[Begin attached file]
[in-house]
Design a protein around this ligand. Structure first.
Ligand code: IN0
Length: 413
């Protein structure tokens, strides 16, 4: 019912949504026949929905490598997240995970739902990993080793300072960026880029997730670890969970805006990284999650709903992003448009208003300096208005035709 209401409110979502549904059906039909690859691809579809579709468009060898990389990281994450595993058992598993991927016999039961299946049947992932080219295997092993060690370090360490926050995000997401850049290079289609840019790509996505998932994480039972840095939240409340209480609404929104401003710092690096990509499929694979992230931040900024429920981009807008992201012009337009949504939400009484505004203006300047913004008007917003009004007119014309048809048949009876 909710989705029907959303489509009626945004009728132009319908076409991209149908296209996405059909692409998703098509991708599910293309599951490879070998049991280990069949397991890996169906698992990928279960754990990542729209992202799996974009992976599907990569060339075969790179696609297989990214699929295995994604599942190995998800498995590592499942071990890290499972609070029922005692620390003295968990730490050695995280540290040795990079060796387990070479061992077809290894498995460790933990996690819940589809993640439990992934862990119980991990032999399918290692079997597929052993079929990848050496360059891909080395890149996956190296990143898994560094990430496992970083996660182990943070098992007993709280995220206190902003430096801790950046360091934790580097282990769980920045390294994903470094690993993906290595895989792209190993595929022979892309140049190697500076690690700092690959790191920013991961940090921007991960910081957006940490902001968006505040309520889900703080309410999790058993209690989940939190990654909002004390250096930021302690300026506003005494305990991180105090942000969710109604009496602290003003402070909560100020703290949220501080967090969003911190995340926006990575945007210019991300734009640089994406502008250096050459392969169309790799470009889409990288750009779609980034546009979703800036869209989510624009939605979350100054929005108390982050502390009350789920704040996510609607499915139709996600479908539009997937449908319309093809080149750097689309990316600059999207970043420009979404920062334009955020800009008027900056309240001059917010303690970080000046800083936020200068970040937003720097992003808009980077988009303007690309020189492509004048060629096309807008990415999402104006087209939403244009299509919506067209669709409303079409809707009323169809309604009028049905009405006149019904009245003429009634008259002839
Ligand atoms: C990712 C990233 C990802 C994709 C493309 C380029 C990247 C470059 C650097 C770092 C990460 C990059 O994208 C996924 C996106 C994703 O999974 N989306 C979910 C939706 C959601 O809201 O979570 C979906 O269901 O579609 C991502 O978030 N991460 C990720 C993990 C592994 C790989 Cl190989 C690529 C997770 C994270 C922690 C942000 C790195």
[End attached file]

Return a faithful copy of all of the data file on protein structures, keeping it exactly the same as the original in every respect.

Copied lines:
[in-house]
Design a protein around this ligand. Structure first.
Ligand code: IN0
Length: 413
């Protein structure tokens, strides 16, 4: 019912949504026949929905490598997240995970739902990993080793300072960026880029997730670890969970805006990284999650709903992003448009208003300096208005035709 209401409110979502549904059906039909690859691809579809579709468009060898990389990281994450595993058992598993991927016999039961299946049947992932080219295997092993060690370090360490926050995000997401850049290079289609840019790509996505998932994480039972840095939240409340209480609404929104401003710092690096990509499929694979992230931040900024429920981009807008992201012009337009949504939400009484505004203006300047913004008007917003009004007119014309048809048949009876 909710989705029907959303489509009626945004009728132009319908076409991209149908296209996405059909692409998703098509991708599910293309599951490879070998049991280990069949397991890996169906698992990928279960754990990542729209992202799996974009992976599907990569060339075969790179696609297989990214699929295995994604599942190995998800498995590592499942071990890290499972609070029922005692620390003295968990730490050695995280540290040795990079060796387990070479061992077809290894498995460790933990996690819940589809993640439990992934862990119980991990032999399918290692079997597929052993079929990848050496360059891909080395890149996956190296990143898994560094990430496992970083996660182990943070098992007993709280995220206190902003430096801790950046360091934790580097282990769980920045390294994903470094690993993906290595895989792209190993595929022979892309140049190697500076690690700092690959790191920013991961940090921007991960910081957006940490902001968006505040309520889900703080309410999790058993209690989940939190990654909002004390250096930021302690300026506003005494305990991180105090942000969710109604009496602290003003402070909560100020703290949220501080967090969003911190995340926006990575945007210019991300734009640089994406502008250096050459392969169309790799470009889409990288750009779609980034546009979703800036869209989510624009939605979350100054929005108390982050502390009350789920704040996510609607499915139709996600479908539009997937449908319309093809080149750097689309990316600059999207970043420009979404920062334009955020800009008027900056309240001059917010303690970080000046800083936020200068970040937003720097992003808009980077988009303007690309020189492509004048060629096309807008990415999402104006087209939403244009299509919506067209669709409303079409809707009323169809309604009028049905009405006149019904009245003429009634008259002839
Ligand atoms: C990712 C990233 C990802 C994709 C493309 C380029 C990247 C470059 C650097 C770092 C990460 C990059 O994208 C996924 C996106 C994703 O999974 N989306 C979910 C939706 C959601 O809201 O979570 C979906 O269901 O579609 C991502 O978030 N991460 C990720 C993990 C592994 C790989 Cl190989 C690529 C997770 C994270 C922690 C942000 C790195």